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Gay GOP House candidate insists ‘new Republican Party’ more accepting, working to unite Americans

Corey Gibson, a Republican candidate in the race to represent Washington’s 4th Congressional District, says he believes the “new Republican Party” is uniting Americans – no matter their sexual orientation or gender identity.

While he has not made it a focus of his campaign, Gibson, speaking in a recent interview with Fox News Digital, provided insight into his campaign’s mission and how being a gay man running in a crowded primary field has had little to no effect on how voters view his candidacy.

In large part, Gibson insisted that residents in the district don’t have a problem with him being gay and said the only individual who seems to have a real problem with it is one of his challengers in the primary race who has attempted to use his sexual orientation to attack him in the days leading up to the election.

“As a gay candidate, I have by and large not received any pushback,” Gibson said. “It’s been great. There’s been no issue.”

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“There’s one candidate who decided to attack me on the subject and I think it’s blown up on him in a negative way,” Gibson added. “Jerrod Sessler chose to do a radio interview and say first that I’m not being honest about who I am – and that couldn’t be further from the truth – and then basically equated me being gay with the grooming of children movement that’s happening all over the country.”

Following the public criticism he allegedly received from Sessler, Gibson, who is seeking to unseat Washington GOP Rep. Dan Newhouse, was asked whether he believes the Republican Party is more accepting of the gay community than it has been traditionally.

“I’m going to take a little liberty here and say that I believe I know that it has. I really do,” Gibson said. “I have a lot of support from Trump conservatives… and there’s been no issue. Everyone is just so supportive. I think it’s a part of the new Republican Party.”

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“The only way this country can be destroyed is from within, I believe, and that’s if we’re divided and complacent. We have been divided for so, so, so long, intentionally, and we’re seeing a lot of unity now. We’re seeing a lot of unity that’s focused on policy, not focused on personality, not focused on identity, it’s focused on policy and love for the country. When people talk about America first, that is the movement the Republican Party is going right now.”

Gibson said a new wave of “passionate, first-time candidates” within the Republican Party is leading the charge to defy what “the standards used to be” because they are unhappy with the current economic climate and other issues related to policy from Democrats.

Gibson said he believes the "new Republican Party" has become more accepting as it works to unite Americans on policy issues.

“I think it has, in fact, changed a lot,” Gibson added of the GOP. “I have to tell you, as myself, along with other conservatives who happen to be gay, we’re so lost. We don’t know what the hell is going on. I don’t know LGBTQ after that… we have no idea what any of that means. And these new flags – we’re just as lost as every other person is with this sort of divisive, define yourself by your victimhood thing that’s happening… It just makes no sense.”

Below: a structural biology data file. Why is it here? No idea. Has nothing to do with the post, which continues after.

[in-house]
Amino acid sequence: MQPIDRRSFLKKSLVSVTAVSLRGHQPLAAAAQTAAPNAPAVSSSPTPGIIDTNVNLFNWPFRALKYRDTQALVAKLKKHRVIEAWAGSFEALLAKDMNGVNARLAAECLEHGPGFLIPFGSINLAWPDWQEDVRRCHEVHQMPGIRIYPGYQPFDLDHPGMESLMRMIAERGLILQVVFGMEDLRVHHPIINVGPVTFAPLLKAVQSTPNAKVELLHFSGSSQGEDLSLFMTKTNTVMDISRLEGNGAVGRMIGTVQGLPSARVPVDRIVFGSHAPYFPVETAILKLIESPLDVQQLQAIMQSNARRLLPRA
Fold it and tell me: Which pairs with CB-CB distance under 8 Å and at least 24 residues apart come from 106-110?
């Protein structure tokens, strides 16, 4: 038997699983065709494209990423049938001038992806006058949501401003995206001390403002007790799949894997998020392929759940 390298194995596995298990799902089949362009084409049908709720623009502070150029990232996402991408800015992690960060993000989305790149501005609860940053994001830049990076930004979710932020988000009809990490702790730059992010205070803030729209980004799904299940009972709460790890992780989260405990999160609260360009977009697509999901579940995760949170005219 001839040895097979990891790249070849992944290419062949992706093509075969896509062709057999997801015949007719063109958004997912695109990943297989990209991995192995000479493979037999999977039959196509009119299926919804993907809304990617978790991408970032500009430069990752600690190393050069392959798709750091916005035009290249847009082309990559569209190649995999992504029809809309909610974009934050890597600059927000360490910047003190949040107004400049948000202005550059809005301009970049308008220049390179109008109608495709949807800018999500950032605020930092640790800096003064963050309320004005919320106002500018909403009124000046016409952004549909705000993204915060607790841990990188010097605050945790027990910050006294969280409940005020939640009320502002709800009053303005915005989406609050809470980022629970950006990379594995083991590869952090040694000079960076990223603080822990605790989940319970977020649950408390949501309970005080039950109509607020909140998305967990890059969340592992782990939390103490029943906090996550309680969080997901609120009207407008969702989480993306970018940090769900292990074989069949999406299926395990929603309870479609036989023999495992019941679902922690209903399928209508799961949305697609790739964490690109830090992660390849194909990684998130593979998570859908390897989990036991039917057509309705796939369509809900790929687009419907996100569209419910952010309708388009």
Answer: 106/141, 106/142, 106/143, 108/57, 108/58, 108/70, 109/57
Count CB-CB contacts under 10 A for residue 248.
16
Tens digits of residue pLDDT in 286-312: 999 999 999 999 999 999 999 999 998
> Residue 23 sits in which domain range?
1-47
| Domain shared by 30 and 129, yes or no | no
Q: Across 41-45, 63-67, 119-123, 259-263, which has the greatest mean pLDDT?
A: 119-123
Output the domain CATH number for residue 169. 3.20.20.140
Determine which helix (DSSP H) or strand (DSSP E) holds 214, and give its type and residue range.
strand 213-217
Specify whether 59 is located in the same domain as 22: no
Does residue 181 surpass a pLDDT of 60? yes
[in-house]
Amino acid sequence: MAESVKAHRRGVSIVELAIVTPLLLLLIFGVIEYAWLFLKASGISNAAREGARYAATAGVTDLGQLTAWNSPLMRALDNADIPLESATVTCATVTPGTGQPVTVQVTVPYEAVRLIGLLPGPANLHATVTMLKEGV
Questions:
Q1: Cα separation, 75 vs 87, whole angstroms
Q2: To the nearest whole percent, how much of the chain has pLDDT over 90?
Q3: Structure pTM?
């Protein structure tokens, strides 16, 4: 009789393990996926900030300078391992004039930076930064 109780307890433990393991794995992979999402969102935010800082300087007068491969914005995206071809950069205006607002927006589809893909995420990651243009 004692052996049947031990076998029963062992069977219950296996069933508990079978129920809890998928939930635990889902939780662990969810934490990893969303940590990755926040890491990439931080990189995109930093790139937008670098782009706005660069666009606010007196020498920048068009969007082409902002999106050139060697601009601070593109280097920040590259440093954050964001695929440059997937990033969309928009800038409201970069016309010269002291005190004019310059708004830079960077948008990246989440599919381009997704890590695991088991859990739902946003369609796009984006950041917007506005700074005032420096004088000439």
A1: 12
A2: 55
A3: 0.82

In a recent tweet, Gibson took aim at Vice President Kamala Harris over her use of pronouns and unique language during a roundtable discussion she led about the overturning of Roe v. Wade and its effects on disabled people.

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“Good afternoon. I want to welcome these leaders for coming in to have this very important discussion about some of the most pressing issues of our time. I am Kamala Harris, my pronouns are she and her. I am a woman sitting at the table wearing a blue suit,” Harris said as she introduced herself at the event.

Corey Gibson insisted that residents in Washington's 4th Congressional District district don't have a problem with him being gay.

“I’m a gay man. Kamala Harris thinks that by using pronouns to introduce herself she’s going to get my vote. Guess what? It’s not working,” Gibson wrote in response.

Gibson, realizing his “uphill battle” among a crowded field of candidates, said Newhouse’s 2021 vote to impeach former President Donald Trump following the Capitol protests has “brought a lot of people out there running for office” who are concerned with the current state of affairs in American politics.

“I think that we’ve come to realize across the country, certainly in my district, that a weak Republican is more dangerous than a Democrat,” Gibson said. “The Democrats show us what they’re doing and the Republicans have just allowed the country to slip further and further in the wrong direction.”

Rep. Dan Newhouse, R-Wash., speaks from the Capitol in Washington on Friday, July 10, 2020.

Gibson said he heard several people on the campaign trail suggest that Newhouse’s name recognition will carry him through to the general election, but noted a “huge lack of enthusiasm” for his candidacy.

As for whether he believes Newhouse’s vote to impeach Trump and support for the establishment of the January 6 committee has the potential to impact the outcome of the election or draw voters to the polls, Gibson said he is unsure.

“I don’t know,” he said. “I have to tell you… It’s really strange – the mood around here.”

Gibson said he believes the issue would rile voters up more if Trump was “actually being active” in the race.

“But he’s really not,” Gibson said of Trump’s involvement in the race. “He made his endorsement, it was fairly quiet, didn’t really help the candidate.”

The Washington primary elections will take place on Aug. 2. 

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